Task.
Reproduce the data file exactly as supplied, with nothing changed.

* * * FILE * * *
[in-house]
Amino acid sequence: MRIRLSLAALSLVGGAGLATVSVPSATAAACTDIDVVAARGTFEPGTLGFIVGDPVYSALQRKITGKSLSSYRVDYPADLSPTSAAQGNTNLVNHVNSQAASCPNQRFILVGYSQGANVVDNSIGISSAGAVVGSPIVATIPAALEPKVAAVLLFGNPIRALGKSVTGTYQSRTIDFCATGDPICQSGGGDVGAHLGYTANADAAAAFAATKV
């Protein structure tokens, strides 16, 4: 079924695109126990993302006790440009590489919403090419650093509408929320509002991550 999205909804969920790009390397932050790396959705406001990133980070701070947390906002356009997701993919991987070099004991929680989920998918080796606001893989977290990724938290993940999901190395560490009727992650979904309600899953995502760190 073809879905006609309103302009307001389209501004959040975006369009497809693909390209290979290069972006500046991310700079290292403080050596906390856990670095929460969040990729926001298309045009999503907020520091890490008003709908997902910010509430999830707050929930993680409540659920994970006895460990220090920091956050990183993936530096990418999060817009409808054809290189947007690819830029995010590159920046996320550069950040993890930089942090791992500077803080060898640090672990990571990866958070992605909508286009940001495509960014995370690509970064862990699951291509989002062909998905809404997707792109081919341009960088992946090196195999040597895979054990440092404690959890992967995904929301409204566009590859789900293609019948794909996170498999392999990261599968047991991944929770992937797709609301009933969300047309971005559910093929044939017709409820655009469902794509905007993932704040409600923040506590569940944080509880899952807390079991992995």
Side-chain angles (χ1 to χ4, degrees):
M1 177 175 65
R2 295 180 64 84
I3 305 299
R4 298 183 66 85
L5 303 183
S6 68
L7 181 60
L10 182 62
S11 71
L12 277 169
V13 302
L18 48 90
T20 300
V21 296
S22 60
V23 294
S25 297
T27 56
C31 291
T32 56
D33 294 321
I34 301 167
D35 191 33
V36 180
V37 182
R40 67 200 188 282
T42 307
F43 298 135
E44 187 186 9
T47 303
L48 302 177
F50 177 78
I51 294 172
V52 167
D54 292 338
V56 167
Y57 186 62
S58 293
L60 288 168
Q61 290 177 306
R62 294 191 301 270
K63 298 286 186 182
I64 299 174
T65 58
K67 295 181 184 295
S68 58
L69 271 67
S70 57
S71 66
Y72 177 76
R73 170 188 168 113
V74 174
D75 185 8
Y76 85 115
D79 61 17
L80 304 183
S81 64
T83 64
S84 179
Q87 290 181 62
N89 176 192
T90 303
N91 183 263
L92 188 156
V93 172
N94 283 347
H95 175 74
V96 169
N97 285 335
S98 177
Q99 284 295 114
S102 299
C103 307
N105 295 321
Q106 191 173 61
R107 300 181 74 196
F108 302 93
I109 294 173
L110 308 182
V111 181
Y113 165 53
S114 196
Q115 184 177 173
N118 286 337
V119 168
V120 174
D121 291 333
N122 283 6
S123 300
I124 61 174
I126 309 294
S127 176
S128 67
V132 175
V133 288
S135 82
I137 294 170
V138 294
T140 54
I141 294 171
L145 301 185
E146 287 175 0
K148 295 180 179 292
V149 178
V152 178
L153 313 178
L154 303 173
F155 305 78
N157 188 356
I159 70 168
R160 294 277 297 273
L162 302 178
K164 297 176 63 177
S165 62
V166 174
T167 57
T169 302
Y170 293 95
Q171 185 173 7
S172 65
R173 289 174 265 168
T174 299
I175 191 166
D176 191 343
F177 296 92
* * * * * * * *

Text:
[in-house]
Amino acid sequence: MRIRLSLAALSLVGGAGLATVSVPSATAAACTDIDVVAARGTFEPGTLGFIVGDPVYSALQRKITGKSLSSYRVDYPADLSPTSAAQGNTNLVNHVNSQAASCPNQRFILVGYSQGANVVDNSIGISSAGAVVGSPIVATIPAALEPKVAAVLLFGNPIRALGKSVTGTYQSRTIDFCATGDPICQSGGGDVGAHLGYTANADAAAAFAATKV
């Protein structure tokens, strides 16, 4: 079924695109126990993302006790440009590489919403090419650093509408929320509002991550 999205909804969920790009390397932050790396959705406001990133980070701070947390906002356009997701993919991987070099004991929680989920998918080796606001893989977290990724938290993940999901190395560490009727992650979904309600899953995502760190 073809879905006609309103302009307001389209501004959040975006369009497809693909390209290979290069972006500046991310700079290292403080050596906390856990670095929460969040990729926001298309045009999503907020520091890490008003709908997902910010509430999830707050929930993680409540659920994970006895460990220090920091956050990183993936530096990418999060817009409808054809290189947007690819830029995010590159920046996320550069950040993890930089942090791992500077803080060898640090672990990571990866958070992605909508286009940001495509960014995370690509970064862990699951291509989002062909998905809404997707792109081919341009960088992946090196195999040597895979054990440092404690959890992967995904929301409204566009590859789900293609019948794909996170498999392999990261599968047991991944929770992937797709609301009933969300047309971005559910093929044939017709409820655009469902794509905007993932704040409600923040506590569940944080509880899952807390079991992995």
Side-chain angles (χ1 to χ4, degrees):
M1 177 175 65
R2 295 180 64 84
I3 305 299
R4 298 183 66 85
L5 303 183
S6 68
L7 181 60
L10 182 62
S11 71
L12 277 169
V13 302
L18 48 90
T20 300
V21 296
S22 60
V23 294
S25 297
T27 56
C31 291
T32 56
D33 294 321
I34 301 167
D35 191 33
V36 180
V37 182
R40 67 200 188 282
T42 307
F43 298 135
E44 187 186 9
T47 303
L48 302 177
F50 177 78
I51 294 172
V52 167
D54 292 338
V56 167
Y57 186 62
S58 293
L60 288 168
Q61 290 177 306
R62 294 191 301 270
K63 298 286 186 182
I64 299 174
T65 58
K67 295 181 184 295
S68 58
L69 271 67
S70 57
S71 66
Y72 177 76
R73 170 188 168 113
V74 174
D75 185 8
Y76 85 115
D79 61 17
L80 304 183
S81 64
T83 64
S84 179
Q87 290 181 62
N89 176 192
T90 303
N91 183 263
L92 188 156
V93 172
N94 283 347
H95 175 74
V96 169
N97 285 335
S98 177
Q99 284 295 114
S102 299
C103 307
N105 295 321
Q106 191 173 61
R107 300 181 74 196
F108 302 93
I109 294 173
L110 308 182
V111 181
Y113 165 53
S114 196
Q115 184 177 173
N118 286 337
V119 168
V120 174
D121 291 333
N122 283 6
S123 300
I124 61 174
I126 309 294
S127 176
S128 67
V132 175
V133 288
S135 82
I137 294 170
V138 294
T140 54
I141 294 171
L145 301 185
E146 287 175 0
K148 295 180 179 292
V149 178
V152 178
L153 313 178
L154 303 173
F155 305 78
N157 188 356
I159 70 168
R160 294 277 297 273
L162 302 178
K164 297 176 63 177
S165 62
V166 174
T167 57
T169 302
Y170 293 95
Q171 185 173 7
S172 65
R173 289 174 265 168
T174 299
I175 191 166
D176 191 343
F177 296 92